Google’s secret data network in Australia

Data has been described as the “oil of the digital era”, and tech giants that deal in data have developed an unprecedented grip on the privacy of nations and individuals across the world.

Today, data collection has become a daily occurrence in most major fields, and to analyse and store this information, Australia has played a key role in ensuring Google Data Networks can reach our shores.

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Inside a Google Data Center. Photo: FDS

Data has been described as the “oil of the digital era”, and tech giants that deal in data have developed an unprecedented grip on the privacy of nations and individuals across the world. 

Today, data collection has become a daily occurrence in most major fields, and to analyse and store this information, Australia has played a key role in ensuring Google Data Networks can reach our shores.


Data storage infrastructure exists in the service of applications. Data analytics is critical, and the need to store and analyze data from a growing number of sources has grown exponentially.

Google, to capture and store information on users, has numerous data centers scattered around the world and at least 12 significant installations located in the United States alone.

In the late 2010s, Google began to expand and build its own private submarine communications cables. The first, named Curie, connects California with Chile and is to be completed this year.

The second fully Google-owned undersea cable, named Dunant, connects the United States with France and is planned to begin operation in 2020.

Google Data Centers are primarily located in North and South America, Asia, Europe and Australia.

There is no official data on the number of servers in Google data centers, however, research and advisory firm Gartner estimated in a July 2016 report that Google at the time had 2.5 million servers.

According to James Ward, a lawyer who specializes in privacy and data security, said during this period, Google’s shifted “from a straightforward disclosure to a much more complicated device.” 

He also provided a list of things provide to Google when using their services and applications:

Your name. Password. Phone number. Payment information. Content you create, upload or receive from others when using our services. Telephone information. Phone number. Calling-party number. Receiving-party number. Forwarding numbers.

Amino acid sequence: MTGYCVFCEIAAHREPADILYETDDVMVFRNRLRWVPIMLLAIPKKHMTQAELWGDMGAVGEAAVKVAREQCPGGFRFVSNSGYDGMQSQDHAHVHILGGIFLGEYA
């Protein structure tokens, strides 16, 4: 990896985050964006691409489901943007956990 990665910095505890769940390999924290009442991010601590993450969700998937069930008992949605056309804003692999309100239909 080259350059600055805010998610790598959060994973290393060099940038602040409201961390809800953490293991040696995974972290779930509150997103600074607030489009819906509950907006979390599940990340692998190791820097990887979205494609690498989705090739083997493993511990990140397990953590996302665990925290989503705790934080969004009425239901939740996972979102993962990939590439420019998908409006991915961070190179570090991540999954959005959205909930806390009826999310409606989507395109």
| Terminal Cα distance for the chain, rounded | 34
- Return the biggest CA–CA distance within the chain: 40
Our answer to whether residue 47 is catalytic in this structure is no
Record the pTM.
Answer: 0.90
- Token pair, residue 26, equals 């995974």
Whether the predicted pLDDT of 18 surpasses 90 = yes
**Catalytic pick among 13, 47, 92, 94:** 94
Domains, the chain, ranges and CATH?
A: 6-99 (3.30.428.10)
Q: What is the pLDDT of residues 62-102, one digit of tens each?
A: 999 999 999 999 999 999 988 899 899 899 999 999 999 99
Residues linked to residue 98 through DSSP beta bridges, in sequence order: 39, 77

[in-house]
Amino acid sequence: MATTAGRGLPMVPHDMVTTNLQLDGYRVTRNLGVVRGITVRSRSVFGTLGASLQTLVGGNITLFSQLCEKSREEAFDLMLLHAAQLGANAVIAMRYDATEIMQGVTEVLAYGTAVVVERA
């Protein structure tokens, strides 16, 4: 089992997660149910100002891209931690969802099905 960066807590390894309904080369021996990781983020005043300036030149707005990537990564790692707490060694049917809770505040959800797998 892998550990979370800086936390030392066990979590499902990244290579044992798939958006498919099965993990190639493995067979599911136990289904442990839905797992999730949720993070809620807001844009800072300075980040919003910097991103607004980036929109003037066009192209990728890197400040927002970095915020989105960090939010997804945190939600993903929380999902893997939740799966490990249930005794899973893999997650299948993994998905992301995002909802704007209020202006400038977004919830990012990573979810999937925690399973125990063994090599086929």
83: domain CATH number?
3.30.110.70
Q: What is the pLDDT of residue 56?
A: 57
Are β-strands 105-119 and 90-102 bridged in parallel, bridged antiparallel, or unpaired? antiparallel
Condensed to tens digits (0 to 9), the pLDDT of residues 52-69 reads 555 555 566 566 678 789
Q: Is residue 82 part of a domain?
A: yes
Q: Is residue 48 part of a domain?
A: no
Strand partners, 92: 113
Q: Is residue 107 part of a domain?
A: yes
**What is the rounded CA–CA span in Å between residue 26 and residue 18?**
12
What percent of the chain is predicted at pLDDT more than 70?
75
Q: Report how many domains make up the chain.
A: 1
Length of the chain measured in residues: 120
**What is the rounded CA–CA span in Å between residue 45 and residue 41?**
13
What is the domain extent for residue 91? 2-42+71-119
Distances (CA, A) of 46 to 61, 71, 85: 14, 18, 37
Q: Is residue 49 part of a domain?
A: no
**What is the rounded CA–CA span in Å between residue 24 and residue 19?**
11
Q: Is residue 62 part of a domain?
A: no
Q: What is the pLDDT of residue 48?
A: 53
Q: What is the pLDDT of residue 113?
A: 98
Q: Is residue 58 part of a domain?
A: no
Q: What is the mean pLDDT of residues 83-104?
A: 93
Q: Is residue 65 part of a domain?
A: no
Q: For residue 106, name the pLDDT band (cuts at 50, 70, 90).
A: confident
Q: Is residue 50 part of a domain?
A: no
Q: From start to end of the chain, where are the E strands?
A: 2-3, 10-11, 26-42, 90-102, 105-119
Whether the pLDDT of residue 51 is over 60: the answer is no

Time and date of calls and messages. Duration of calls. Routing information. Types of calls. Terms you search for. Videos you watch. Views and interactions with content and ads. People with whom you communicate or share content. 

Chrome browsing history. Activity on 3rd party sites and apps that use our services. Voice and audio information when you use audio features. Purchase activity identifiers. Browser type and settings. Device type and settings. Operating system. 

Application version number. IP address. Crash reports. System activity. Date, time, referrer. URL of your request. Trusted partners. Marketing partners. Security partners. Advertisers. Data access points. Device type. Carrier name. Crash reports. Which apps are installed.

Google has numerous data centers scattered around the world. The largest known centers are located in Oregon, Atlanta, Virginia, North Carolina and South Carolina.

In Europe, the largest known centers are in the Netherlands and Belgium.

Google’s Oceania Data Center is claimed to be located in Sydney, Australia.


Google’s Data Network offers storage and networking as a service, as well as a number of other on-demand products covering data analytics, identity, security and machine learning.

For example, Google’s Cloud Platform alone now serves over one billion end-users through its customers’ products and services.

In Australia, the secretive story begins with wholesale fibre network builder, Pipe Networks, who held an event to celebrate the launch of the PPC-1 cable from Sydney to Guam.